The apportionment plaintiff, R.K. Southington, argues that the apportionment defendant's reliance on Gazo is misplaced. It relies upon Smith v. Greenwich, 278 Conn. 428, 899 A.2d 563 (2006), which limits the ability of the owner or occupier of property to bring an apportionment complaint against a third party. Under the factual circumstances presented in Smith, the property owner and contractor share one duty and its resultant liability. Our Supreme Court explained that it " view[ed] the nondelegable duty doctrine as involving a form of vicarious liability, pursuant to which the party with the duty may be vicariously liable for the conduct of its independent contractor." (Internal quotation marks omitted.) Id., 458. The court held:
[T]he owner or occupier of a premises owes a nondelegable duty to keep the premises safe by protecting third persons from foreseeable slip and fall injuries. Should the owner or occupier of the premises hire a contractor to maintain the property, the owner or occupier is vicariously liable for the consequences arising from that contractor's tortious conduct . . . [A] defendant that owns or controls property may not bring an apportionment claim against a contractor hired to carry out the defendant's nondelegable duties." (Emphasis added.) Id., 460.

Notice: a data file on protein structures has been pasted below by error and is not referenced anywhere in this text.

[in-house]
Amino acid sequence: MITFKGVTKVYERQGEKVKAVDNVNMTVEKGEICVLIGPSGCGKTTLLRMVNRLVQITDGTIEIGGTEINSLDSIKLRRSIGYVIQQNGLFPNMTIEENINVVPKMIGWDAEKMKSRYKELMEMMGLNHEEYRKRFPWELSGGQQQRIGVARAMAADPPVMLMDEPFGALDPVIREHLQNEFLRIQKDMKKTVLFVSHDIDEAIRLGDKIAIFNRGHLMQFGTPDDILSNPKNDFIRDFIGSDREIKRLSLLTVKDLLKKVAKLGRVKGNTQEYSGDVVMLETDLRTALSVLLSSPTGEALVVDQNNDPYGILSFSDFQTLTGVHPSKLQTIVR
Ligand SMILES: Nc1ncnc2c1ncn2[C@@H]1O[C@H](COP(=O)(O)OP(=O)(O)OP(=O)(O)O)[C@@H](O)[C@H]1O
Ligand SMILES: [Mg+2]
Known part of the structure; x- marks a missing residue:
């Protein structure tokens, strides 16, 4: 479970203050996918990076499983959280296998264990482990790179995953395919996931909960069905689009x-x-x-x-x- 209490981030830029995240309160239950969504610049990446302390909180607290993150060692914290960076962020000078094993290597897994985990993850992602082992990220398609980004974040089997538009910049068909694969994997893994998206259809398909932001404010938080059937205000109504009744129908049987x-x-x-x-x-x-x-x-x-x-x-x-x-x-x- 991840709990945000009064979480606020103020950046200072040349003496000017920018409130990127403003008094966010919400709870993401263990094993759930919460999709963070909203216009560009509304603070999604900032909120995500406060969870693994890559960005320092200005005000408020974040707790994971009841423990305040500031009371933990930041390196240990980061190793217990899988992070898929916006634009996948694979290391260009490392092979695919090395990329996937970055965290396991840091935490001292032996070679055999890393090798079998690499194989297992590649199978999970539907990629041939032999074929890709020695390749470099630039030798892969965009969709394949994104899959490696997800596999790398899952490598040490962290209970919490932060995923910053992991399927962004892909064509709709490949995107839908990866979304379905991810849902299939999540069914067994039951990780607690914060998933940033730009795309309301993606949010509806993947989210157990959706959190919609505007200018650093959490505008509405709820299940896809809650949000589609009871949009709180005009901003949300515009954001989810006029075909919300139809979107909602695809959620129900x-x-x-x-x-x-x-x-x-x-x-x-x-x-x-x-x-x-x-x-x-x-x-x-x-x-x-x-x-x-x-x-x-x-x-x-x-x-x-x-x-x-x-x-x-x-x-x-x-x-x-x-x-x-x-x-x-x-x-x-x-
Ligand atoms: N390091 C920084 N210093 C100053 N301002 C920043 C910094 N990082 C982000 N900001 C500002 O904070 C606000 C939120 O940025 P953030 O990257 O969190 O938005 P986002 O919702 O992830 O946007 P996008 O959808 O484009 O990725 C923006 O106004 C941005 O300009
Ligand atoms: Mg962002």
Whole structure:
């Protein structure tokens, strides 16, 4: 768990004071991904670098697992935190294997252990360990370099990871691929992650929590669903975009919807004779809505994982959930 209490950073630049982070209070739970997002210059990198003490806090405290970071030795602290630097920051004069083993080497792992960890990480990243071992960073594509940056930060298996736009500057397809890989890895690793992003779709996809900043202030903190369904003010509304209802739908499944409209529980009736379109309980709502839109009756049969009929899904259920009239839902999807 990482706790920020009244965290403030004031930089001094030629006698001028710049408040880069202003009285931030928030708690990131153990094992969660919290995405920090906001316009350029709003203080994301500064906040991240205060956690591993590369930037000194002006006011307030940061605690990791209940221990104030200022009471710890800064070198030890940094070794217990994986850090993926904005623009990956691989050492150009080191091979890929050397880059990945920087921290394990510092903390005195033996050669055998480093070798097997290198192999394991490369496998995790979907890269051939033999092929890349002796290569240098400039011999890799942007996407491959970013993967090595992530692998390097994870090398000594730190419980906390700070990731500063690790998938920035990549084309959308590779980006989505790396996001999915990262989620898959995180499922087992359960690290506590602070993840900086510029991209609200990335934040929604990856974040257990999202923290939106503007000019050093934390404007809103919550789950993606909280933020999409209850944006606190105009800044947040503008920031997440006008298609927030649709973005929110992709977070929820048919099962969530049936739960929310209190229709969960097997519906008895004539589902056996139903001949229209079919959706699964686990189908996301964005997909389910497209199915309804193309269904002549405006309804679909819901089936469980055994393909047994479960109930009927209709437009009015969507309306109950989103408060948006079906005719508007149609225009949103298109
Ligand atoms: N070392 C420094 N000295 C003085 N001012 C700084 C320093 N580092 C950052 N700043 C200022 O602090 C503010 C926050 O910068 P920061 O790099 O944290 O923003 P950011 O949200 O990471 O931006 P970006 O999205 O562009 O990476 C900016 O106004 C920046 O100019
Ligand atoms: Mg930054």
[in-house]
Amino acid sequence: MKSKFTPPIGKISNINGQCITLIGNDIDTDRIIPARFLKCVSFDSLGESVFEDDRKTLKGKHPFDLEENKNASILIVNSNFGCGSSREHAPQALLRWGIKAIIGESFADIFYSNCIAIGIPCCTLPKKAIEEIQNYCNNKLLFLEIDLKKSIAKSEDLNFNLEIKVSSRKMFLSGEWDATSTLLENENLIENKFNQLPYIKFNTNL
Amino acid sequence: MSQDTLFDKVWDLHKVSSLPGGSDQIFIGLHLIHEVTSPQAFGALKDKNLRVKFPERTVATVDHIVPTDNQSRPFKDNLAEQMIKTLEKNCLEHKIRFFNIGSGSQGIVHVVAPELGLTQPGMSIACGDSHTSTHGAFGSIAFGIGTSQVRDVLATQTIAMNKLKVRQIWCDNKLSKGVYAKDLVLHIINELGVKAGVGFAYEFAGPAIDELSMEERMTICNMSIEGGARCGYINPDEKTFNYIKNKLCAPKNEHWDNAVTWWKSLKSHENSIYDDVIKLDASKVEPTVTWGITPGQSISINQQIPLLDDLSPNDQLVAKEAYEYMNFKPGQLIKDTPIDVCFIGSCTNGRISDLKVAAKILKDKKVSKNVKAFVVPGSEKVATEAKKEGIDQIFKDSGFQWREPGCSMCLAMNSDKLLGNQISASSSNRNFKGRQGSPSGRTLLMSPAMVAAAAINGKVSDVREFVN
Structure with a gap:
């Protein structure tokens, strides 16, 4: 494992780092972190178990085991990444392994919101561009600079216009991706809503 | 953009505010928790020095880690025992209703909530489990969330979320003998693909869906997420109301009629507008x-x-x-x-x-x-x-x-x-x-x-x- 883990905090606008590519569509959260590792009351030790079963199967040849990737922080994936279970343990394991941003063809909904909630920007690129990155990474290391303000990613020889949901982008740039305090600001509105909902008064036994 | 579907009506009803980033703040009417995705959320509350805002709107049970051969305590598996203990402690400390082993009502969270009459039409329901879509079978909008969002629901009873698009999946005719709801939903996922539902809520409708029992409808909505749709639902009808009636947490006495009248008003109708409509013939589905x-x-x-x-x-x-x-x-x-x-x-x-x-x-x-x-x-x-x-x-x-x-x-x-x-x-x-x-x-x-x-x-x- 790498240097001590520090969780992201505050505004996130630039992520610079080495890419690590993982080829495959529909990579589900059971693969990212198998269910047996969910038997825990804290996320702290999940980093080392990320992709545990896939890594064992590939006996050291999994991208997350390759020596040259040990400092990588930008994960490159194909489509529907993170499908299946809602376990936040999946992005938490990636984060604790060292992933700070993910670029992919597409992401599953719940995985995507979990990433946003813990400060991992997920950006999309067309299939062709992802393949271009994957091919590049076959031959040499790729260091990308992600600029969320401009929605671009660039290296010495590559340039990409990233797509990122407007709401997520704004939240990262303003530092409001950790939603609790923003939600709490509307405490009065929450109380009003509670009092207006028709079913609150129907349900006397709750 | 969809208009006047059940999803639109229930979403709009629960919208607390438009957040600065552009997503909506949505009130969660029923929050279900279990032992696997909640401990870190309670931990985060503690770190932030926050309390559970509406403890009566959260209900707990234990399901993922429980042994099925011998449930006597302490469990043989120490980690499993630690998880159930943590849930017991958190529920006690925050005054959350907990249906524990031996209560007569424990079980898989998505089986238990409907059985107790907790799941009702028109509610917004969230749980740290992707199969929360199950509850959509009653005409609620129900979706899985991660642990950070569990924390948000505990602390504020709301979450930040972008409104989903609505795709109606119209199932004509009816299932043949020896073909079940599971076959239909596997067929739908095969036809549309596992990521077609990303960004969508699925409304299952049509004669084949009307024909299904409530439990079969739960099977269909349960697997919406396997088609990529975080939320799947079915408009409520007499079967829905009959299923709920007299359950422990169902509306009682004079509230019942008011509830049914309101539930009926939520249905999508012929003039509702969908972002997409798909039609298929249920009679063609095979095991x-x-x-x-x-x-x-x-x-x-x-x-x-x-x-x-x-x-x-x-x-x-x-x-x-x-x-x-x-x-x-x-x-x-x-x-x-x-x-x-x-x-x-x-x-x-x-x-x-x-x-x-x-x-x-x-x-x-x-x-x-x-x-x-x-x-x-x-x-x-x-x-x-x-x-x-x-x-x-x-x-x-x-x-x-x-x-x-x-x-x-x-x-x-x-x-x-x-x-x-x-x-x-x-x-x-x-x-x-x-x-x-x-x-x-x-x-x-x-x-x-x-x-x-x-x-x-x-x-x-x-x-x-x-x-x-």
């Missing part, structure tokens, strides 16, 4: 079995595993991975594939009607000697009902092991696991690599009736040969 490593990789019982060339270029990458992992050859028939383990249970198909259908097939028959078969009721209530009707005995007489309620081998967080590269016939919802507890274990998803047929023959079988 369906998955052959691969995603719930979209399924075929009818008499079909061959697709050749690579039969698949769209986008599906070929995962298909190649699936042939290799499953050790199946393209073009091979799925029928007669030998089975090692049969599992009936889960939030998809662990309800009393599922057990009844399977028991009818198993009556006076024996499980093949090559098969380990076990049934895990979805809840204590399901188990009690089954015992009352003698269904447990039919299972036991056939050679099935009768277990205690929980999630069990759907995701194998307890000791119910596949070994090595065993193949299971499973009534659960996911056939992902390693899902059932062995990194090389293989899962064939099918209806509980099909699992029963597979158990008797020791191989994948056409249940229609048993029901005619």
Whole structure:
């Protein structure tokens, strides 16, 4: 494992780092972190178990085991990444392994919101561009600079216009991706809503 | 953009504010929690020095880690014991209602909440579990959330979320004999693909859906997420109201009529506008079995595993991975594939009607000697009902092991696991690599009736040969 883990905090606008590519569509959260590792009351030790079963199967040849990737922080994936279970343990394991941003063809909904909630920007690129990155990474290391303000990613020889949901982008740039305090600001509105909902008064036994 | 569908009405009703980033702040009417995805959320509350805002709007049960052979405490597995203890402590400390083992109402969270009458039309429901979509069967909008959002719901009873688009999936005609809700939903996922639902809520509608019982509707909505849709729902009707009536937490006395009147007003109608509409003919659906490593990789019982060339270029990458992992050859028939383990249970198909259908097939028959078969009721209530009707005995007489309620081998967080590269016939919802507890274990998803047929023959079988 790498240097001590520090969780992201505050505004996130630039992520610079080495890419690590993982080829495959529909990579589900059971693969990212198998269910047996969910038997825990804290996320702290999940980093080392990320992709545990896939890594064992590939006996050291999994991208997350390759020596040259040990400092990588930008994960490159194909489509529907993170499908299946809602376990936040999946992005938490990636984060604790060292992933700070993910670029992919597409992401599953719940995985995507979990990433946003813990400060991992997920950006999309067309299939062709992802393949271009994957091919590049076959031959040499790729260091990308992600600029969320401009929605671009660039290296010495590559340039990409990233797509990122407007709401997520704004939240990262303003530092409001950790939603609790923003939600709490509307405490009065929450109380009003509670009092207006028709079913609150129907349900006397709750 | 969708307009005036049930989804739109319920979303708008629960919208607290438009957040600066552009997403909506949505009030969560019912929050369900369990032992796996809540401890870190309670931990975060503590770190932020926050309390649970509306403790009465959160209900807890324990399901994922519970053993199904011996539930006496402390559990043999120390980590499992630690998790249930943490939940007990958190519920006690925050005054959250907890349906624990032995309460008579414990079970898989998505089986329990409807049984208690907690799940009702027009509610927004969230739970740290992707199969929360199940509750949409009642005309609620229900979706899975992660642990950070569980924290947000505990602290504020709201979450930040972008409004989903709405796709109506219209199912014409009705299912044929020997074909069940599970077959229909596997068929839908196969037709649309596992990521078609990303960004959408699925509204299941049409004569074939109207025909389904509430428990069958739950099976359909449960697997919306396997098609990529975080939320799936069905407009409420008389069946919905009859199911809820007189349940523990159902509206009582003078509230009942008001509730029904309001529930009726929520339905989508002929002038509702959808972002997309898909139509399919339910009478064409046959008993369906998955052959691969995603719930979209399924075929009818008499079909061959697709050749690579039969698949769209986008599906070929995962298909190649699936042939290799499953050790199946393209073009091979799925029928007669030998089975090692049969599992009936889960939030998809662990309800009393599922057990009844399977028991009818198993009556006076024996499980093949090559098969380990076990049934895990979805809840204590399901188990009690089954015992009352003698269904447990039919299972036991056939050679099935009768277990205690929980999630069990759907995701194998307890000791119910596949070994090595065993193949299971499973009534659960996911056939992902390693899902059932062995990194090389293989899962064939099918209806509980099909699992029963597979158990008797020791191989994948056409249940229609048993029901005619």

The factual situation in Smith is not what is presented here. In Smith, the property owner sought to apportion in a party with which it contracted to undertake the property owner's duty to maintain the premises. In the present case, the allegations in the apportionment complaint are that " the plaintiff, [Mary Carol Morrissey], alleged that R.K. Southington, LLC, owned, controlled, possessed, managed and/or maintained the premises" where she allegedly fell and was injured. The apportionment complaint contains no express allegations that R.K. Southington owned, occupied or controlled the premises or even the relationship between R.K. Southington and Scionti & Sons.
Under Connecticut law " [a] possessor of land who, having leased a part of the land, is under a duty to maintain in reasonably safe condition the part retained by him, and . . . is subject to the same liability to the lessee, and to others upon the retained part of the land with the consent of the lessee, for physical harm caused by the negligence . . . in failing to maintain such part of the land in reasonably safe condition . . ." (Emphasis added.) Restatement (Second) Torts § 421 (1965); see also Fiorelli v. Gorsky, 120 Conn.App. 298, 308, 991 A.2d 1105, cert. denied, 298 Conn. 933, 10 A.3d 517 (2010); Baldwin v. Curtis, 105 Conn.App. 844, 849, 939 A.2d 1249 (2008).
" The general rule regarding premises liability in the landlord-tenant context is that landlords owe a duty of reasonable care as to those parts of the property over which they have retained control . . . [L]andlords [however] generally [do] not have a duty to keep in repair any portion of the premises leased to and in the exclusive possession and control of the tenant." (Citation omitted; ...